Agriculture and Nutrition Development Program for Food Security in Senegal
Despite relatively sufficient supplies of food, Senegal suffers from chronic food insecurity and like many neighboring sub-Saharan and Sahelian countries, is classified as “serious” on IFPRI’s Global Hunger Index. Senegal is a country with rich agricultural opportunity and yet imports nearly 70% of its food. Current production cannot keep pace with increasing demand from a growing population and rising food prices are limiting families’ ability to provide a diverse and healthy diet.
To combat food insecurity in Senegal, CLUSA has embarked on a five-year, $40 million USAID-funded program to accelerate the participation of the very poor in rural economic growth and to catalyze sustainable development with Senegal’s agriculture sector and improve the key dimensions of food security – access, availability, utilization and stability. As one of the original programs of the Feed the Future Initiative, USAID|Yaajeende is predicated on the United Nation’s Rome Principles for Sustainable Global Food Security, and employs an innovative, country-led and integrated approach to tackle the underlying issues which hold back the very poor from becoming integral and active members of the rural, agricultural marketplace.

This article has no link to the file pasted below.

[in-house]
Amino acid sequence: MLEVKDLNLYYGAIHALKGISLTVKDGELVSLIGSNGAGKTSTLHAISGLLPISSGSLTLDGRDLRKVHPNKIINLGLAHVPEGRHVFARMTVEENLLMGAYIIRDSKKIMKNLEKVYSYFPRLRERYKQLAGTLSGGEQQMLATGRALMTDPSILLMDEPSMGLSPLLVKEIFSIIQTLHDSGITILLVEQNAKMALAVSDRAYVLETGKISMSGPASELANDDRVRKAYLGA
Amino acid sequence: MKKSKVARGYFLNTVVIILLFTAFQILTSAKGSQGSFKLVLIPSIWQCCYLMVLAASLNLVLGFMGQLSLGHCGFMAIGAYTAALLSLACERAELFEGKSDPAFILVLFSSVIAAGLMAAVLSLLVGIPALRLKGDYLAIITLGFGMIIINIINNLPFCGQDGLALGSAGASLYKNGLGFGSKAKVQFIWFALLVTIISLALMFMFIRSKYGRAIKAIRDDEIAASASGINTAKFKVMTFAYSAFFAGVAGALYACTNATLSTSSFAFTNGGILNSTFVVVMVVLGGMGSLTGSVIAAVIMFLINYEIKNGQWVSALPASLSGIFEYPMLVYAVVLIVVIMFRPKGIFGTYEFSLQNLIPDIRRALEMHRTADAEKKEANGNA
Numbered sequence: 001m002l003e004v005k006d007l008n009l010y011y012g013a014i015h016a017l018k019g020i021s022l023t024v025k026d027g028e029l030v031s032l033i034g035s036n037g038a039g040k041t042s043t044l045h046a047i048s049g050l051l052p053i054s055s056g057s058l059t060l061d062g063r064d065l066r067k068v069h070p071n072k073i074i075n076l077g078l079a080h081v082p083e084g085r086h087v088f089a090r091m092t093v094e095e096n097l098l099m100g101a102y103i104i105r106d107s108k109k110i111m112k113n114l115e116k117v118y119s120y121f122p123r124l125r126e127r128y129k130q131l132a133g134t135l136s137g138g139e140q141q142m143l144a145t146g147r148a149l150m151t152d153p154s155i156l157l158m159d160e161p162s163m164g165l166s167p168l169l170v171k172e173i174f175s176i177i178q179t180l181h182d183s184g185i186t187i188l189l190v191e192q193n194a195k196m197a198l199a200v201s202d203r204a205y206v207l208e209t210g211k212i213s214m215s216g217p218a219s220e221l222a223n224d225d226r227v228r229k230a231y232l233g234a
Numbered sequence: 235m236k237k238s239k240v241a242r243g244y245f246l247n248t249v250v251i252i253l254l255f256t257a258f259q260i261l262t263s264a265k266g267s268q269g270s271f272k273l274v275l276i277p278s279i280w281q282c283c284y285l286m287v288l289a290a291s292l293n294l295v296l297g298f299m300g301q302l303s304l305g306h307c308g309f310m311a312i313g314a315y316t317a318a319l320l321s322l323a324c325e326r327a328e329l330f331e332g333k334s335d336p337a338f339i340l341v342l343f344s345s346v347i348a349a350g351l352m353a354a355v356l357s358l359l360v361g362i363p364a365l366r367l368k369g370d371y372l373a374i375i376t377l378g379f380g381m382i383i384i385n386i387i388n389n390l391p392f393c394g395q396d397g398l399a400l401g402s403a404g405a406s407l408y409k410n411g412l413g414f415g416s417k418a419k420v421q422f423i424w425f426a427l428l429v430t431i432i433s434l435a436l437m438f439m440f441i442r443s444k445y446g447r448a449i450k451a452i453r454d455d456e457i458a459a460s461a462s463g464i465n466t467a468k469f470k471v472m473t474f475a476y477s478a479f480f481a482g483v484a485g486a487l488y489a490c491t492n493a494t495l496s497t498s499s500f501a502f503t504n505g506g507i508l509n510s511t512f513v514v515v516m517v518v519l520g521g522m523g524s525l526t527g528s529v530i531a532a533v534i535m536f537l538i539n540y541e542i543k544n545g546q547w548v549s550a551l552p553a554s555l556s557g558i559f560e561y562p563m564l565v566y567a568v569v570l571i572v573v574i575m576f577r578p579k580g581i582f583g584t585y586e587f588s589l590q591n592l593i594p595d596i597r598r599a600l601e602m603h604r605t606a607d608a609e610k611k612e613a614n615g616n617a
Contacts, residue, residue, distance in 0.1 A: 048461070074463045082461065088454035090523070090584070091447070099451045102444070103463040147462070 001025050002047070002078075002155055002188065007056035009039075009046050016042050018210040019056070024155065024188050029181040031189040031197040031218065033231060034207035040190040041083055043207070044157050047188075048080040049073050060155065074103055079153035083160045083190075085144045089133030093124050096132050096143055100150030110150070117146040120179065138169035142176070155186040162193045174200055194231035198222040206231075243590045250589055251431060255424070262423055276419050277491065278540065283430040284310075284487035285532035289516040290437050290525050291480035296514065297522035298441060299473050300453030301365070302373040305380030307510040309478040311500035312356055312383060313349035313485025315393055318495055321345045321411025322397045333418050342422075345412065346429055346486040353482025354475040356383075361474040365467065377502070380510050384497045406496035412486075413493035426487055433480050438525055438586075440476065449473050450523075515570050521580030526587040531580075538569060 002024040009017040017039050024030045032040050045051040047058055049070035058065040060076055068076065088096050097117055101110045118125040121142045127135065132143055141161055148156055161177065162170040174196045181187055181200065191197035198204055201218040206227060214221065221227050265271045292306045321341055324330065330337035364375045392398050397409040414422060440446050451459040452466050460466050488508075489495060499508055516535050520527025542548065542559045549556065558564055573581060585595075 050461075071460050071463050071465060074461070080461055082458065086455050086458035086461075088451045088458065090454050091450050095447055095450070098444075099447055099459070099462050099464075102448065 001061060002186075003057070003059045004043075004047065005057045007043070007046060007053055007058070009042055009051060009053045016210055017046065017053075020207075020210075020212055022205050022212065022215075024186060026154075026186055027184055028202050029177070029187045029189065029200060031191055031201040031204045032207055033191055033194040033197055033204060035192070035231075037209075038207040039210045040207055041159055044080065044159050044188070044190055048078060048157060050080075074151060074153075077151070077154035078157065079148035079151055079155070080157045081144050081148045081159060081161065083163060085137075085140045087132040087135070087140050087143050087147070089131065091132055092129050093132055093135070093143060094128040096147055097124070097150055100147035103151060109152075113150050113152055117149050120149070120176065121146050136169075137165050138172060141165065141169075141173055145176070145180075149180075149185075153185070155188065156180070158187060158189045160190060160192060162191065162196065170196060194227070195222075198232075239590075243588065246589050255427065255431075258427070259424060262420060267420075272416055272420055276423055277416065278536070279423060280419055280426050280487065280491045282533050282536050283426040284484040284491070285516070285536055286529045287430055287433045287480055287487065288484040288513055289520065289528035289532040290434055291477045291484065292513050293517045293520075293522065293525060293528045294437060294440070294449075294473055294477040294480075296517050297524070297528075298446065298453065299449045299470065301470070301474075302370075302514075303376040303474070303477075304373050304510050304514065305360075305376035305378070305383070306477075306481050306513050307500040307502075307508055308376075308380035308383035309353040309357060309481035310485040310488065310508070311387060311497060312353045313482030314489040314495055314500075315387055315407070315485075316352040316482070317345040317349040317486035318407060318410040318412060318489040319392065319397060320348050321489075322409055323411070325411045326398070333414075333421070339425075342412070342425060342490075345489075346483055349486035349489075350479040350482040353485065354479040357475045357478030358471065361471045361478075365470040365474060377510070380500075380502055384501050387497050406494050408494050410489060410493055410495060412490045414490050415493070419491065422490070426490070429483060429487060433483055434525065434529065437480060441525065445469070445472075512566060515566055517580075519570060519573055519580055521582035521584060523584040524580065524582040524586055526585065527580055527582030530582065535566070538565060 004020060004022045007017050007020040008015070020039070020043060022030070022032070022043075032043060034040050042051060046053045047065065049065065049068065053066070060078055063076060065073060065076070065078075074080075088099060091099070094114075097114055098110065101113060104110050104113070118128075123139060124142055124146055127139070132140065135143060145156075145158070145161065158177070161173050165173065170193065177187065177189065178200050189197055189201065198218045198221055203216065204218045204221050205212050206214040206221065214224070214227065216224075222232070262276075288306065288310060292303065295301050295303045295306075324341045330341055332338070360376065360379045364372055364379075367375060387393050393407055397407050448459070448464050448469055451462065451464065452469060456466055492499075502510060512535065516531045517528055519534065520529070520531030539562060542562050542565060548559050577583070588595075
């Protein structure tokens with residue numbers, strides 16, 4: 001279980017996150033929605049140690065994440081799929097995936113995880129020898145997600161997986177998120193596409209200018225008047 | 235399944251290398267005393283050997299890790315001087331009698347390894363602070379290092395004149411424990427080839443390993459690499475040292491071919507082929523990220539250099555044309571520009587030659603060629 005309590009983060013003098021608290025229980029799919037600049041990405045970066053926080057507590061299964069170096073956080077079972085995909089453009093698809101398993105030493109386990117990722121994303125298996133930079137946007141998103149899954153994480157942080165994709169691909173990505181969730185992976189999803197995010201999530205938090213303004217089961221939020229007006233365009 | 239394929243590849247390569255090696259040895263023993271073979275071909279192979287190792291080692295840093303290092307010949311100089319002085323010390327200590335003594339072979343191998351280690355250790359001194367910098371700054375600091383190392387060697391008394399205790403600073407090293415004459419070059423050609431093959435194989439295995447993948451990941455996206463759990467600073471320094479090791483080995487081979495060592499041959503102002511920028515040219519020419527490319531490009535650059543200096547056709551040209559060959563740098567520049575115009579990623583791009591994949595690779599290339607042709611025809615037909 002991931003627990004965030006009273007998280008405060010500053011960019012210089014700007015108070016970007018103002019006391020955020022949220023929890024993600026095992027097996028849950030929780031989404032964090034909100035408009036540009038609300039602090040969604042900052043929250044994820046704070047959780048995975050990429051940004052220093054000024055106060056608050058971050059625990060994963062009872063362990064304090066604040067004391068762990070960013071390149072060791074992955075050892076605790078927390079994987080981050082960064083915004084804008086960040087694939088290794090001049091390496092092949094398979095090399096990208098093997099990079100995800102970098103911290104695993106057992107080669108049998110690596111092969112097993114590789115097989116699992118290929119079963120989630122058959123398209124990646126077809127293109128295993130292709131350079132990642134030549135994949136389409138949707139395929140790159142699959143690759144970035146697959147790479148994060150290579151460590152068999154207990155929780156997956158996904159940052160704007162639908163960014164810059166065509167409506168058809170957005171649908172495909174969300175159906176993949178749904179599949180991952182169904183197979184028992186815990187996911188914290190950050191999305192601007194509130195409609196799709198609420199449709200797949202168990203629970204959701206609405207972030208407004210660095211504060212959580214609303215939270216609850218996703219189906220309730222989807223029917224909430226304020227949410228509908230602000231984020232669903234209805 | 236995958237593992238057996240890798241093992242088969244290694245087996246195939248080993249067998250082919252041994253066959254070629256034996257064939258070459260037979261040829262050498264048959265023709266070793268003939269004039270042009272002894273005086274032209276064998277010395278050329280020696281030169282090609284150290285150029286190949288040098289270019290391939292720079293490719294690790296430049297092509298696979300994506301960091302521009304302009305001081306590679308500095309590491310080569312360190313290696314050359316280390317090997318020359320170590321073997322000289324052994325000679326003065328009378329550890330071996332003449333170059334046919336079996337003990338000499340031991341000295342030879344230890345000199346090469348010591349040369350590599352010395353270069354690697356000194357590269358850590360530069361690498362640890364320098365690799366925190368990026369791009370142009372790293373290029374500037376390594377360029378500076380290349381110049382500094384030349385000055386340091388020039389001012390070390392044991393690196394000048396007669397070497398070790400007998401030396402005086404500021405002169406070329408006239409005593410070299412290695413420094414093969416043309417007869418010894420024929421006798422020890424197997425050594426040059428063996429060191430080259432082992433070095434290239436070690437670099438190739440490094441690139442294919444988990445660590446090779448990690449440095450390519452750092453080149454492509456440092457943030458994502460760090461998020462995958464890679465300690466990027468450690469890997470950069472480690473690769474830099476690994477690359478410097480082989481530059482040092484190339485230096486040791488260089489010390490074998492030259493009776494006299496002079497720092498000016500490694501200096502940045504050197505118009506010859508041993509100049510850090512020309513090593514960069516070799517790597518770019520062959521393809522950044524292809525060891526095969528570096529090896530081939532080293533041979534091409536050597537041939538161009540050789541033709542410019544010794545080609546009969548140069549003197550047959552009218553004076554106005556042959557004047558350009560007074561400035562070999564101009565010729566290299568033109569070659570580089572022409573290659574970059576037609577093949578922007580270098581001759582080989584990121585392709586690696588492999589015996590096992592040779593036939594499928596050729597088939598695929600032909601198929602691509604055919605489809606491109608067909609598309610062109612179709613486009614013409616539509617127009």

USAID|YAAJEENDE attacks the endemic food security problem through an integrated approach that does not only work with rural producers, but also with:
Entrepreneurs who buy, resell, store, transport and transforms agricultural products.
Microfinance Institutions and Banks who provide loans and services for the producers and the entrepreneurs.
Suppliers that provide: fertilizers, improved seeds, and agricultural equipment.
Cooperatives and Civil Society Members that are involved in decision making and local policy-making on topics related to food security and nutrition.
Consumers improve their knowledge of better food practices, increasing the need for nutritional products.
CLUSA will improve the food security and nutrition of 1,000,000 individuals across 60 rural communities in four regions of Senegal. The team will establish a network of 1,000 Community Based Service Providers (CBSPs) to provide input supplies, agricultural services and nutritional products to rural people on a commission basis. Total sales of inputs and services provided through the CBSP network plus the total commodity sales of produced outputs will equal $30 million by Year 5. Household incomes will be improved by 250%. Stunting will be reduced by 25% in USAID|Yaajeende target zones and the number of underweight children will be reduced by 35%.